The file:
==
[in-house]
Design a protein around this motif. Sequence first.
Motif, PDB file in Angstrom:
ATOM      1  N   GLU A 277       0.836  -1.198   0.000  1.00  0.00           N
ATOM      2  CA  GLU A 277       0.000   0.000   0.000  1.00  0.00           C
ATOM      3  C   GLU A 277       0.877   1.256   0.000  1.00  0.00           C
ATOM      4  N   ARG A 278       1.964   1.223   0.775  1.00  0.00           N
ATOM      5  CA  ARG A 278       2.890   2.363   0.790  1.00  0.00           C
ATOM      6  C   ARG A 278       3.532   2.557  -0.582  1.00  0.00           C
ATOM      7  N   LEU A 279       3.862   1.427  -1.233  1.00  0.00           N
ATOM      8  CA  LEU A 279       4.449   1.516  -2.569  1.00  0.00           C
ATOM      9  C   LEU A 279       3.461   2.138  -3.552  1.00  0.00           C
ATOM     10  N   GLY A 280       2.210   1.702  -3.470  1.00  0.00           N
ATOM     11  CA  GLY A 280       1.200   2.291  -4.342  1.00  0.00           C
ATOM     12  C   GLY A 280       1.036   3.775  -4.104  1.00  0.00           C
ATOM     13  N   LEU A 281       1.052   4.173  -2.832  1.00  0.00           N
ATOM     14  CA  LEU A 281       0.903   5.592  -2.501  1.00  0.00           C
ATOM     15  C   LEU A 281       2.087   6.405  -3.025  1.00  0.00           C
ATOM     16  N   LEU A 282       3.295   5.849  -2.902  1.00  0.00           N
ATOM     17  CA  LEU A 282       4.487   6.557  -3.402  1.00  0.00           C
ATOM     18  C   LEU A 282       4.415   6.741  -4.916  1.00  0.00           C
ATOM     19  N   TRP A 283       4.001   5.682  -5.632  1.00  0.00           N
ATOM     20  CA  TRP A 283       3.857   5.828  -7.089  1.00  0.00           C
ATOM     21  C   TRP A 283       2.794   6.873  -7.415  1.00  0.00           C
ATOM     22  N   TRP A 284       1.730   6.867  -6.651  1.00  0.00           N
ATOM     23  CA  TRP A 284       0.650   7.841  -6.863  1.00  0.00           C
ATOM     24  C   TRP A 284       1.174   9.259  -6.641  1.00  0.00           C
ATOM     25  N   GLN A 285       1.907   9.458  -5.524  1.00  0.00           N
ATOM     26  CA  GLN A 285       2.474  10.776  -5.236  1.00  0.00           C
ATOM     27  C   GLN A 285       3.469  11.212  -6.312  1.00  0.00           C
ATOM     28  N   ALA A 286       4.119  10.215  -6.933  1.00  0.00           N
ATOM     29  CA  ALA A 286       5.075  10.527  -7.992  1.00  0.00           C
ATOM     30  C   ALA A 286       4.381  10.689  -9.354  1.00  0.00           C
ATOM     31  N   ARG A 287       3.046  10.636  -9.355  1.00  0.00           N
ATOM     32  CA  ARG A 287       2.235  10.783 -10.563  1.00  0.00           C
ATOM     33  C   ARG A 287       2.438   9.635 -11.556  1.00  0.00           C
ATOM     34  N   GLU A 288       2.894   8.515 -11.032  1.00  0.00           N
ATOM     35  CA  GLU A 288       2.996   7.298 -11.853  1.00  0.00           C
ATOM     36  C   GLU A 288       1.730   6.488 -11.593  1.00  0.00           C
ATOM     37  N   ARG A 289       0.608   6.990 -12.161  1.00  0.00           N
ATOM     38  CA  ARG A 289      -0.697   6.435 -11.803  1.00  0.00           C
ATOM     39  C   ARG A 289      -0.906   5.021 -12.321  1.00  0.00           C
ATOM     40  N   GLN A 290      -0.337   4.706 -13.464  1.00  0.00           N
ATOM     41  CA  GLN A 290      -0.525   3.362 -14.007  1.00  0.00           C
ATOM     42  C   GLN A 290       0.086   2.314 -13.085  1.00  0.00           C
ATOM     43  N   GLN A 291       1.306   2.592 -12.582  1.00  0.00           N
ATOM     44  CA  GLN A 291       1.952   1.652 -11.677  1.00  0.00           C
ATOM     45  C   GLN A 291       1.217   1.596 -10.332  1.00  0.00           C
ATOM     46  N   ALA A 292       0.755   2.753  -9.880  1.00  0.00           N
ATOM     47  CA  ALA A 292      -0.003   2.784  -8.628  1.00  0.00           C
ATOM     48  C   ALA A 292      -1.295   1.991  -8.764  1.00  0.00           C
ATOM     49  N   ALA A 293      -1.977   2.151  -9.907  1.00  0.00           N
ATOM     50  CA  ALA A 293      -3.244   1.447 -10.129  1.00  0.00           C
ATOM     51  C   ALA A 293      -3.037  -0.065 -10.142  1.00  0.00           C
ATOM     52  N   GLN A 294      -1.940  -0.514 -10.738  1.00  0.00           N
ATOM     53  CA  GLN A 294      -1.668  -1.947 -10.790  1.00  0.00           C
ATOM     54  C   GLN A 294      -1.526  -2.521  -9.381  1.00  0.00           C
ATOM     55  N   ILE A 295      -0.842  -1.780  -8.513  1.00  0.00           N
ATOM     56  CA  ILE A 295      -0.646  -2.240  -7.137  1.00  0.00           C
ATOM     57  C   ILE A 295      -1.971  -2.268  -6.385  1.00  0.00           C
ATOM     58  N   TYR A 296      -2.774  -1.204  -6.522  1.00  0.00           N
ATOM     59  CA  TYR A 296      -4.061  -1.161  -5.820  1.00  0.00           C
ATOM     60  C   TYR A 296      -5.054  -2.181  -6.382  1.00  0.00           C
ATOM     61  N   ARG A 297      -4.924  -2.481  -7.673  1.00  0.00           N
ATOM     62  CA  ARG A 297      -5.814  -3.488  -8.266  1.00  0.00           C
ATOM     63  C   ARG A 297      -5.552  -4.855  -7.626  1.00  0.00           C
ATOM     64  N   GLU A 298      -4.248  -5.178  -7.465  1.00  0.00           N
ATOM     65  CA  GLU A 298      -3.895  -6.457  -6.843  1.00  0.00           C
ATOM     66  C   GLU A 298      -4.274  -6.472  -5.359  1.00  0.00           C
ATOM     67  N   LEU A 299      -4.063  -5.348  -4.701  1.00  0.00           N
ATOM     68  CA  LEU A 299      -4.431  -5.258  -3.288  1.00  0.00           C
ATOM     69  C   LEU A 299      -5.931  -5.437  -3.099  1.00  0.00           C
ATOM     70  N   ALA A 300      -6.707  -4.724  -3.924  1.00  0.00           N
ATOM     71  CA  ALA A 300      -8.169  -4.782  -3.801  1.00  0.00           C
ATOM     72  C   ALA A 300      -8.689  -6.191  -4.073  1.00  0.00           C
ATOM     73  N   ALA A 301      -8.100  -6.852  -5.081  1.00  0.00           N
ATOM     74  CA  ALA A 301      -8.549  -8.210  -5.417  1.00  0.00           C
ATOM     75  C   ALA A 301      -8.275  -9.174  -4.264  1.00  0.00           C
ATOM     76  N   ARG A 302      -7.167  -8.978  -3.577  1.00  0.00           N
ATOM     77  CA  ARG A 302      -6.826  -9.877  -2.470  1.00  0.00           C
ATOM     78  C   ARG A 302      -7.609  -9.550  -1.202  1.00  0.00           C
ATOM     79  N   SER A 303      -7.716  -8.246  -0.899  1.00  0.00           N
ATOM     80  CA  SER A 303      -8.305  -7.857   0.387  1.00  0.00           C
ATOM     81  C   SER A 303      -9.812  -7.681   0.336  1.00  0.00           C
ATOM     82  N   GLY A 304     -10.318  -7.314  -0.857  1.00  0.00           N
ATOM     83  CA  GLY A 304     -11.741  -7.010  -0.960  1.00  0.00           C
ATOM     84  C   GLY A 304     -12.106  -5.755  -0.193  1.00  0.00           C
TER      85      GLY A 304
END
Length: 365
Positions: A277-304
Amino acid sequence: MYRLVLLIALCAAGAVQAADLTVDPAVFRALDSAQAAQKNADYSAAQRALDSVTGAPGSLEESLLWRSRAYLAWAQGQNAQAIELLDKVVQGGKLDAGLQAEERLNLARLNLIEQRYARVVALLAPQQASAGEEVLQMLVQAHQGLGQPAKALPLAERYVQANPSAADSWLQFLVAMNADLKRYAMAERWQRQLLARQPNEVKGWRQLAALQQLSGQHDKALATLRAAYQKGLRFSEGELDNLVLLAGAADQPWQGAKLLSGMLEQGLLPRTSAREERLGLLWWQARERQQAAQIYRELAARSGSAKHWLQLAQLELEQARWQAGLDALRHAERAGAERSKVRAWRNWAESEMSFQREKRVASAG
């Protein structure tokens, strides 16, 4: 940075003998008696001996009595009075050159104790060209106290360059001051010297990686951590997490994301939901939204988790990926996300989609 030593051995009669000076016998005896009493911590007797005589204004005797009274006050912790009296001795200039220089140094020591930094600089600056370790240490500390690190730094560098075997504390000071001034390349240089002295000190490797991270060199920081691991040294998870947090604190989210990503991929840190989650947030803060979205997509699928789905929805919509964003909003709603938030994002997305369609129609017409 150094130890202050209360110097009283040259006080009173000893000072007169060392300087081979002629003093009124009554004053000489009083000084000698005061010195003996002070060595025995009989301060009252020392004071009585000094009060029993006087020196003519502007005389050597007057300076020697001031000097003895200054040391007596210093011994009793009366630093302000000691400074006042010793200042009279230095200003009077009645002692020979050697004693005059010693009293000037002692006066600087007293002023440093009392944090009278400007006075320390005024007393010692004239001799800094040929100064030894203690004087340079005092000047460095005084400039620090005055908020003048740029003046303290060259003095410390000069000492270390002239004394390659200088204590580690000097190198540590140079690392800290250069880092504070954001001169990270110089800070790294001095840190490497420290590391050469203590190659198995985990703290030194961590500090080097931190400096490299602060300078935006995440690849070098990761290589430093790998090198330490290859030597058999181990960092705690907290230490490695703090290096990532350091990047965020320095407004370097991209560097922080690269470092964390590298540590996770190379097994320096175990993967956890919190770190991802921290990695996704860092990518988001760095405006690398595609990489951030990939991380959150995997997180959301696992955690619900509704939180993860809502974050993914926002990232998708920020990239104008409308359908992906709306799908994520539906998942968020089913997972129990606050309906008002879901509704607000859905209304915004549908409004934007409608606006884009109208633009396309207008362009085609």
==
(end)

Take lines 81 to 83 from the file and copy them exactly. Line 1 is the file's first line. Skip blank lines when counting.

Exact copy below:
ATOM     78  C   ARG A 302      -7.609  -9.550  -1.202  1.00  0.00           C
ATOM     79  N   SER A 303      -7.716  -8.246  -0.899  1.00  0.00           N
ATOM     80  CA  SER A 303      -8.305  -7.857   0.387  1.00  0.00           C